43April 27, 2011
It seems that we are finally getting some warm weather. Don’t be fooled into thinking that we won’t have any more cold weather. On average, we get our last frost on May 10 Th. I’ve seen a last frost as late as the last week in May. On Easter Sunday, one of our customers asked if we had any tomato plants. I explained to him that it was way too early to plant tomato plants. He said that he thought so, but he had seen many tomato plants for sale at one of the big box stores. If you plant your tomato plants now, we have a name for people who do so: Repeat Customer!
The grass is greening up, indicating that the soil temperatures are warming up. Now would be a good time to put down some grass seed on those bare spots in the lawn. If the soil is compacted, as it will be in bare spots, you should loosen up the soil to a depth of 2 inches. You may want to add some compost or topsoil to prevent that soil from packing down again. Sprinkle some grass seed starter fertilizer onto the soil and mix it in thoroughly. Sprinkle the grass seed onto the surface of the soil. You will need to water the seed on a regular basis. How often you will need to water will depend on how sunny it is, how warm it is and how windy it is. All of these factors can contribute to the soil drying out. The soil must be kept moist until the seed sprouts. Depending on the grass seed mixture, it can take up to 21 days. Greenview makes a product that is a pellet that you sprinkle over the grass seed. Once you water the product, it crumbles and covers the grass seed with a layer of mulch. This mulch helps to hold in moisture and it will eventually disappear into the soil. If you have ever tried to get hay off a lawn once the seed has sprouted, you will appreciate this feature. Once the seed has sprouted, you will still need to water until the roots are completely established.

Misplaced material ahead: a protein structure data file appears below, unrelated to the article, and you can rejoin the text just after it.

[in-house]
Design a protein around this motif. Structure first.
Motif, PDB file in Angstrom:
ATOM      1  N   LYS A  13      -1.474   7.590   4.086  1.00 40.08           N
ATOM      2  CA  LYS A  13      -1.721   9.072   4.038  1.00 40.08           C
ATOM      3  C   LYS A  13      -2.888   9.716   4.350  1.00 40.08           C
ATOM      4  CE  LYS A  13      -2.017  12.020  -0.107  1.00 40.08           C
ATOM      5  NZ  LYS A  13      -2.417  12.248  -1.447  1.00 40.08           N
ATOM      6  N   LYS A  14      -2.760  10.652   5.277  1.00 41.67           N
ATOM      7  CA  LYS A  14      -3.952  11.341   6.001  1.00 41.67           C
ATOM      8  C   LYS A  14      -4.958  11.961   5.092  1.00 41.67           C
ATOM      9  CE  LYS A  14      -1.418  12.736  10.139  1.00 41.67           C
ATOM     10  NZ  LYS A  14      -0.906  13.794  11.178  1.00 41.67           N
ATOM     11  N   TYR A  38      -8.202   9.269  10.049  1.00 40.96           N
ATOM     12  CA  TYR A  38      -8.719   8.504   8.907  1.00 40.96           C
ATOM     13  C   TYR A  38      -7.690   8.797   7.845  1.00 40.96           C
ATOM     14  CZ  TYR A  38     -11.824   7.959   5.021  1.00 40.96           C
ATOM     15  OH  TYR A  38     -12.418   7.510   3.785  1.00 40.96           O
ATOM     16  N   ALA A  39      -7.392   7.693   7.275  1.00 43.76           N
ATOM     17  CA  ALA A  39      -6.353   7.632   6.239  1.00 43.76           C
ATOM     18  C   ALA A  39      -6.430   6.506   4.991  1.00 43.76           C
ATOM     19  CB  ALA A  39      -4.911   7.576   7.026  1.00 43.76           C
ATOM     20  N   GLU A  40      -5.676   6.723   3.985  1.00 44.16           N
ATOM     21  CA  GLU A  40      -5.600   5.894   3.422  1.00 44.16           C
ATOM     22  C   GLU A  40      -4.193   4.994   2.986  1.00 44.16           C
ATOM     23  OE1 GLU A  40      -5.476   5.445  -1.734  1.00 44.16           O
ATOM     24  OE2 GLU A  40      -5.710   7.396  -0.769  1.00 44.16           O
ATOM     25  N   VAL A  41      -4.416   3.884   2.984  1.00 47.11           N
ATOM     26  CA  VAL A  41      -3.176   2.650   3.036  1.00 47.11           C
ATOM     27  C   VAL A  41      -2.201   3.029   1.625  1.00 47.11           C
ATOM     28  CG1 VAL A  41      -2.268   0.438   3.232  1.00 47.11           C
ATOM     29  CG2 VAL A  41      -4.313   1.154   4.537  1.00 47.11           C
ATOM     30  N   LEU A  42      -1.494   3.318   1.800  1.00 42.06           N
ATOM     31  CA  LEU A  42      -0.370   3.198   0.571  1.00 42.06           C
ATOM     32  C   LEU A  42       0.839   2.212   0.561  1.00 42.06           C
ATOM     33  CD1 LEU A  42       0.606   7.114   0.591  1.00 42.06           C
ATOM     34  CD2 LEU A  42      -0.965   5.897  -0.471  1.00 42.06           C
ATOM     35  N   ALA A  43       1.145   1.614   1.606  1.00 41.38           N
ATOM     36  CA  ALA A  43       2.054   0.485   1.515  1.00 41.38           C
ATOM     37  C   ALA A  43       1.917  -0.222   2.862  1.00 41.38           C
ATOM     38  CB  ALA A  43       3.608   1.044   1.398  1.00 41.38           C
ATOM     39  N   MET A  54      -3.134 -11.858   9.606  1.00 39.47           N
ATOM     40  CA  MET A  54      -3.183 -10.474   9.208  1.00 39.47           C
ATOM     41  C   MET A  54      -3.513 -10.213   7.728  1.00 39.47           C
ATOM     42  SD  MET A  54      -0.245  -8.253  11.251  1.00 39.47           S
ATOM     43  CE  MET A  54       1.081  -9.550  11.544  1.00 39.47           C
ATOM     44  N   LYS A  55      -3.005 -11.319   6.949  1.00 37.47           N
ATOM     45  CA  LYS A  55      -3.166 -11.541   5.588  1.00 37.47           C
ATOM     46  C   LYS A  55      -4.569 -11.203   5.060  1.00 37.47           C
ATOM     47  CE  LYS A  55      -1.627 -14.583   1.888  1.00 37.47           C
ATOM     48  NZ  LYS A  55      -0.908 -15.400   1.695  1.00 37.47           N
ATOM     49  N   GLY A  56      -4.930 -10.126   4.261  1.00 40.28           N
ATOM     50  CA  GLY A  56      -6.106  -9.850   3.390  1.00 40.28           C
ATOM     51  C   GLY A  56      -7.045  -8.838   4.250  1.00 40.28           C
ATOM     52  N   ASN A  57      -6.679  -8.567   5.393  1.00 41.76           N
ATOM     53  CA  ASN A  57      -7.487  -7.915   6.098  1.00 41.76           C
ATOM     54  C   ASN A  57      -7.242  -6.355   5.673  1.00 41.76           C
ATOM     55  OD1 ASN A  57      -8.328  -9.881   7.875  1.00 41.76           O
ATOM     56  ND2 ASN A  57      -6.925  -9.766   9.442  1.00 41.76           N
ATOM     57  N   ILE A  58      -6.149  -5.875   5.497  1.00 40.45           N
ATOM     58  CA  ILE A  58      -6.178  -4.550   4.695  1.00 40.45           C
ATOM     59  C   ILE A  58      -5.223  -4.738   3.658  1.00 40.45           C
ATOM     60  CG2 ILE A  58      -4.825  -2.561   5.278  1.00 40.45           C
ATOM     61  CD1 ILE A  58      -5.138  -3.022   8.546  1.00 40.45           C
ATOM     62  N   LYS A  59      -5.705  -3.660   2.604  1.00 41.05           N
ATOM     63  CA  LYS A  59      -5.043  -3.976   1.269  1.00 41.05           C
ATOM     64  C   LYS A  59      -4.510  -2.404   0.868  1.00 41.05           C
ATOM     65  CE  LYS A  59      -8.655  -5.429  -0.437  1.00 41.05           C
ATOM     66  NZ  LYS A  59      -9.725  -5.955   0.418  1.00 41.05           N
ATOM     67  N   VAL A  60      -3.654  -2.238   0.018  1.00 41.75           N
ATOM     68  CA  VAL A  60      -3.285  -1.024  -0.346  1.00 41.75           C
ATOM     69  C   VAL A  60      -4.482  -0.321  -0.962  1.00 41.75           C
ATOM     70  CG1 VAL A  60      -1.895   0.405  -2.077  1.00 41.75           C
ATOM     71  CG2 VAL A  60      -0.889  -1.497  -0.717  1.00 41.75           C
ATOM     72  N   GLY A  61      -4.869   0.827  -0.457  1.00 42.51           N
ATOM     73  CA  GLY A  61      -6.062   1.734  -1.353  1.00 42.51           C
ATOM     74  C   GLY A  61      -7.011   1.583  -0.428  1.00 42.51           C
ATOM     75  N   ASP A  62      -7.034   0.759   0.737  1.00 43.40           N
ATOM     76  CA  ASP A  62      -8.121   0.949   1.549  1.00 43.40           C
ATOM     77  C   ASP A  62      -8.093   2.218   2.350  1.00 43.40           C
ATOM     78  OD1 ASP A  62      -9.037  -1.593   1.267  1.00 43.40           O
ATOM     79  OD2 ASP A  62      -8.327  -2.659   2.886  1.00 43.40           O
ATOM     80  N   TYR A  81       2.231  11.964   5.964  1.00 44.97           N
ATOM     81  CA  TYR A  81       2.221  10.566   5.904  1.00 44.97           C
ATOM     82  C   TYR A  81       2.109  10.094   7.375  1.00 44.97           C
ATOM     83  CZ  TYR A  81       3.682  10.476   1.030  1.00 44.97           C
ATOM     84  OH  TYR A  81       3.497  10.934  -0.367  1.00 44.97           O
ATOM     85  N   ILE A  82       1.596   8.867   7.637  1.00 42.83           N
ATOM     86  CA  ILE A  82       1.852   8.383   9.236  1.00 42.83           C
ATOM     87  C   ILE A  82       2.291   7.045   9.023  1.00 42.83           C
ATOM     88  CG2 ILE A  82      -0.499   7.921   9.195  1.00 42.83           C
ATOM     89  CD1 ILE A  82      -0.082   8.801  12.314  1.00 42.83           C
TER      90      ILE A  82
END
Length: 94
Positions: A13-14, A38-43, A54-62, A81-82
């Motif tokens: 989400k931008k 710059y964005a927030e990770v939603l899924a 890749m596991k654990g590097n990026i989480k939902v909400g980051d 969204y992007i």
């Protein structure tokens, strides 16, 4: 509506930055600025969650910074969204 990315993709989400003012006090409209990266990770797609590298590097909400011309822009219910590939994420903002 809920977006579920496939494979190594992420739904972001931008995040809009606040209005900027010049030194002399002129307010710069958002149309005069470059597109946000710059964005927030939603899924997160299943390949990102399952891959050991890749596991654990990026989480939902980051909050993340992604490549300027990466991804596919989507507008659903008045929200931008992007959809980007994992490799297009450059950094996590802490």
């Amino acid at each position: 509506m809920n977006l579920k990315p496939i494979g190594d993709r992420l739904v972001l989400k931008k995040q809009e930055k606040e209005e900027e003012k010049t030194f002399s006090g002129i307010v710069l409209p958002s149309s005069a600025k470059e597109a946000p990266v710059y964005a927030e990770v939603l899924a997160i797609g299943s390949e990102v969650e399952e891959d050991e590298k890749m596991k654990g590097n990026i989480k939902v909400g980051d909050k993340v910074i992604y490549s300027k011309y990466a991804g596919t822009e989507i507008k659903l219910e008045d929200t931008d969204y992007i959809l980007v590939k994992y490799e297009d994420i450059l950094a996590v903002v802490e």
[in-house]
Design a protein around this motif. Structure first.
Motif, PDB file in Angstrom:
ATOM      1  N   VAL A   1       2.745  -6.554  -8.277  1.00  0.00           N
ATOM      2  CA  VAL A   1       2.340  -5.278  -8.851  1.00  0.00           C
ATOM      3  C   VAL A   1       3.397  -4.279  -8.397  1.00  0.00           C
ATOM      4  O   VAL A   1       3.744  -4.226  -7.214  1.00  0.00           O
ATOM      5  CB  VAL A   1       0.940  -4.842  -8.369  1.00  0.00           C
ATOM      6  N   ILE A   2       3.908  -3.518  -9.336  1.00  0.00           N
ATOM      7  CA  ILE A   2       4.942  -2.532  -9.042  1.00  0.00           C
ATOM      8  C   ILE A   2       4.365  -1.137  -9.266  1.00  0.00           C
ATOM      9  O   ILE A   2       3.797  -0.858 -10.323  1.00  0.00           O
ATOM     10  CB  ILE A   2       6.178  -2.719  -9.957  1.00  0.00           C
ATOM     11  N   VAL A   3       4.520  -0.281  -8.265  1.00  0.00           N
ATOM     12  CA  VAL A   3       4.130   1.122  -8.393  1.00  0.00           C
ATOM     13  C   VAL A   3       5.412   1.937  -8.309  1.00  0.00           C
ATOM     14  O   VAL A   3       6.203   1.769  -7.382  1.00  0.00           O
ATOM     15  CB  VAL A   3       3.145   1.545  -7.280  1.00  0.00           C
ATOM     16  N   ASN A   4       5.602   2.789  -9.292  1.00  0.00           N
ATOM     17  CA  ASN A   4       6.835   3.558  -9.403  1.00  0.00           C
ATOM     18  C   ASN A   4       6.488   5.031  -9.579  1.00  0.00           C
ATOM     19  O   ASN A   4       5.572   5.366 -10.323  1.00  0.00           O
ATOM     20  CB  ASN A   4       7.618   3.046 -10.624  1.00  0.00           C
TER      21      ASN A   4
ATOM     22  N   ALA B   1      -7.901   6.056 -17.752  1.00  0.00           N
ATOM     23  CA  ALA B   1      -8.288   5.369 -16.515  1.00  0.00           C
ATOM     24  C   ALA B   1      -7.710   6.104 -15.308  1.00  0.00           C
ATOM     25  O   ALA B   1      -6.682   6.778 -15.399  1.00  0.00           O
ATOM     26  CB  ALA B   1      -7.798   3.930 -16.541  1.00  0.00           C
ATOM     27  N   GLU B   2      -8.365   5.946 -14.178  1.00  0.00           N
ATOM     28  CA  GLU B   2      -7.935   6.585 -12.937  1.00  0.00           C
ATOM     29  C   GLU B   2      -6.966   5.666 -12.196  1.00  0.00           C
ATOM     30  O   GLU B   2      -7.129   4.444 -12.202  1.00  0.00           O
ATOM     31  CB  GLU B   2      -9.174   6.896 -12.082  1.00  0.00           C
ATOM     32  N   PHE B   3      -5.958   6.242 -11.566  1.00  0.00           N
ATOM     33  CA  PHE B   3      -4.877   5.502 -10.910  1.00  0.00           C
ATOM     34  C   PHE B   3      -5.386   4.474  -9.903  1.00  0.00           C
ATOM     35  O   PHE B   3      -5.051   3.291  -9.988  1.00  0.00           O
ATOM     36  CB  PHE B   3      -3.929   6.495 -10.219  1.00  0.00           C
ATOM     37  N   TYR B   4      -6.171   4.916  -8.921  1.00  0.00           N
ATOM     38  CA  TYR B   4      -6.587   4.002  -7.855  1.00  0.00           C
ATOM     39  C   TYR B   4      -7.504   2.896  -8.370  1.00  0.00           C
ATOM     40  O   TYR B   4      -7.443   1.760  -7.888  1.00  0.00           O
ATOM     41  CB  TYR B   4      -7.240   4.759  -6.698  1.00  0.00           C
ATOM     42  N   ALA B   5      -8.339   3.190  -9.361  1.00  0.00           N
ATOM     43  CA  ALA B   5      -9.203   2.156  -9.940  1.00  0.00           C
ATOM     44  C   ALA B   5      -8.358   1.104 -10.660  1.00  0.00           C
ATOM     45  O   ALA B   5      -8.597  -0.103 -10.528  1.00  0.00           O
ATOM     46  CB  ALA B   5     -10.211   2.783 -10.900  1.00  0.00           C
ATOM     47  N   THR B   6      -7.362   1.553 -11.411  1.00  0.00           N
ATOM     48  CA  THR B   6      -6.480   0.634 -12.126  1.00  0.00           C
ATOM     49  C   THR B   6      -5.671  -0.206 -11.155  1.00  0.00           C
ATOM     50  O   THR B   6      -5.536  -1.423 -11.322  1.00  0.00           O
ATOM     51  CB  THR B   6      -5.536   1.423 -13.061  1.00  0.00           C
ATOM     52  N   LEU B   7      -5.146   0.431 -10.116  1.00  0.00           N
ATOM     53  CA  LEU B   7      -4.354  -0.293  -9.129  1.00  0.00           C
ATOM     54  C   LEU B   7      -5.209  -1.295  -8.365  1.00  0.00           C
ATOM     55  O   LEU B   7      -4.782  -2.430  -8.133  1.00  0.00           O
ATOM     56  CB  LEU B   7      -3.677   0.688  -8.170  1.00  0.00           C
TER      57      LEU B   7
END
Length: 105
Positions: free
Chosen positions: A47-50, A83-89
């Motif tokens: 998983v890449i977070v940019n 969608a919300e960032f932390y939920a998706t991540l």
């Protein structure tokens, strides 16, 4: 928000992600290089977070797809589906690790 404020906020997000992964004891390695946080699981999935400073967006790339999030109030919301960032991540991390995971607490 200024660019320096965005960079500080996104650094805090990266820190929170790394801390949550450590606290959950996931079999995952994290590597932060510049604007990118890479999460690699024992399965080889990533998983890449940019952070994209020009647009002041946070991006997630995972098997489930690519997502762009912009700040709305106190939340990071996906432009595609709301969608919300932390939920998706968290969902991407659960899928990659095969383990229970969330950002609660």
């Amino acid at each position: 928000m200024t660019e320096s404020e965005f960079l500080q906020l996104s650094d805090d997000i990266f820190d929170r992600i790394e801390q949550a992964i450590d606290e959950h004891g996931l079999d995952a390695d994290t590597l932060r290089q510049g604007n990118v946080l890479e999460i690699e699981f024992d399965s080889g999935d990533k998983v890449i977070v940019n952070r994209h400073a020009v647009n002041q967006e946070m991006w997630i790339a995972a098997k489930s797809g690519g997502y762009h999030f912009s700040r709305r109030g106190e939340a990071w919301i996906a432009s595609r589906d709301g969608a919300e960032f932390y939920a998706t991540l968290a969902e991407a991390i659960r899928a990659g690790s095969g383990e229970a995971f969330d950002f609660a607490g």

For those of you who have been waiting, we have our seed potatoes, onion sets and Asparagus roots in stock. Directions on planting the seed potatoes and Asparagus roots could each be a column on it own. If you have questions on planting, pretty much any of our employees can fill you in on how to plant these two crops.
Trees, shrubs and perennials are showing up at the garden centers. Some people have been afraid to plant trees, shrubs and perennials because of the cold weather. These plants are hardy enough that you won’t have to worry about planting them now. There are even some annual flowers that will take the cold temperatures. Just be careful to not plant those annual flowers that have origins in the tropical regions. You don’t want to be one of those Repeat Customers!
Well, that’s all for this week. I’ll talk to you again next week.